Rock music has always contained a strain of novelty records, and among them have been discs parodying the music itself. The earliest, and still the best, were made during the Fifties by Stan Freberg, who was born on August 7, 1926. He began on radio in the late Forties, doing impersonations, and was soon in demand as a voice for cartoon films.
His first record was 'John And Marsha' a satire on soap operas, for Capitol in 1950. The arrival of rock'n'roll provided him with a whole new area in which to exercise his satirical talent. He delighted in parodying the stylized recordings of both black and white performers, and he had a keen eye for the machinations of the get-rich-quick merchants in the music business. Among his hits were hilarious versions of Presley's 'Heartbreak Hotel', Donegan's sldffle version of 'Rock Island Line' and the Platters' The Great Pretender'.
He picked upon the most identifiable feature of the original — Presley's vocal echo, 11h Donegan's spoken introduction in an acquired drawl, and the doo-wop vocals and constant piano figure behind the Platters. Those features, in fact, which the established musi-cal world might have thought the most facile elements of the new music. The overall impression, however, is not one of distaste but of the creative brilliance of the satire. Freberg had, in any case, already parodied that pillar of the previous musical order, Johnnie Ray, and also Southern attitudes in `Yellow Rose Of Texas', plus the slick sleuth genre in 'St. George And The Dragonet'.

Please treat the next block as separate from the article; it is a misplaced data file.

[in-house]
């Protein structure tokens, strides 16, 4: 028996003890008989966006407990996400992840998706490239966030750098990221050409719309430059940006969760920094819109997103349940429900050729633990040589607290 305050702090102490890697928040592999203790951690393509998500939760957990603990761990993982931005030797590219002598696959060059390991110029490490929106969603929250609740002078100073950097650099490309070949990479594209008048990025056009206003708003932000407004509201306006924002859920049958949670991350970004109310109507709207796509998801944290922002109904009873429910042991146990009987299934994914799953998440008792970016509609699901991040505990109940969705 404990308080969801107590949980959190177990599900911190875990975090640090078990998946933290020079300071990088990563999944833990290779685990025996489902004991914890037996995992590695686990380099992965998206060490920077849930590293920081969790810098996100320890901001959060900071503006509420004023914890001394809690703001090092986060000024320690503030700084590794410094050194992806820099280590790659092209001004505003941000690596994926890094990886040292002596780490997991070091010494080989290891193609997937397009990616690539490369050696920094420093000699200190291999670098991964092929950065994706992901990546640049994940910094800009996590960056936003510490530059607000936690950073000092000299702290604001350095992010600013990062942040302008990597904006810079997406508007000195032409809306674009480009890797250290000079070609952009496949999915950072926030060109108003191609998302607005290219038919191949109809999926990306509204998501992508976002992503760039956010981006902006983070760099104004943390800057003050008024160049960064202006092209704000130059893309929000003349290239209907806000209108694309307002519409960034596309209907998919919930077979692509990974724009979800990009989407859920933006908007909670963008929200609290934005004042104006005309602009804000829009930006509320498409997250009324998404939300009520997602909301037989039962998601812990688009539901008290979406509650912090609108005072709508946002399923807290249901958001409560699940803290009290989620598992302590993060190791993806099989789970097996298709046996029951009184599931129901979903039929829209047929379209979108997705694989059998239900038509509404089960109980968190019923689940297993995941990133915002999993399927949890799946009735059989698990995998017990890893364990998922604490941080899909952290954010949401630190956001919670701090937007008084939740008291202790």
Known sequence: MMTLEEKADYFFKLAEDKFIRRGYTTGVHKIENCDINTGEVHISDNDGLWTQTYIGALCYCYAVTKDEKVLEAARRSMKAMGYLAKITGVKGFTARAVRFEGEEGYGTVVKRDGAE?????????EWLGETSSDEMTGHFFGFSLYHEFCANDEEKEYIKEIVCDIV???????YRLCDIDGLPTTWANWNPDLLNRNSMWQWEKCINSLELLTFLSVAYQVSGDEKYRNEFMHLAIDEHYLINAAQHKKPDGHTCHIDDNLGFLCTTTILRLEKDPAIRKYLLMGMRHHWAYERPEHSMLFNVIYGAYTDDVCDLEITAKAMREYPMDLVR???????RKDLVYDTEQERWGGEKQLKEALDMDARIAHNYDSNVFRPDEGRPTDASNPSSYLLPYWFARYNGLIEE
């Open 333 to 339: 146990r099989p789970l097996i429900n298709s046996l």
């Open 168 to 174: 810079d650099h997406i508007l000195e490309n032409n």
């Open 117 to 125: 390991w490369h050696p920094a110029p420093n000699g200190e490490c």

With 'Banana Boat' he returned to the 'making of a record theme' utilized on the rock parodies. As an extension of this, he came up with his own comment on one of the realities of rock with 'The Old Payola Roll Blues', which followed the late Fifties' bribery investi-gations and featured teenage idol 'Clyde Ankle'.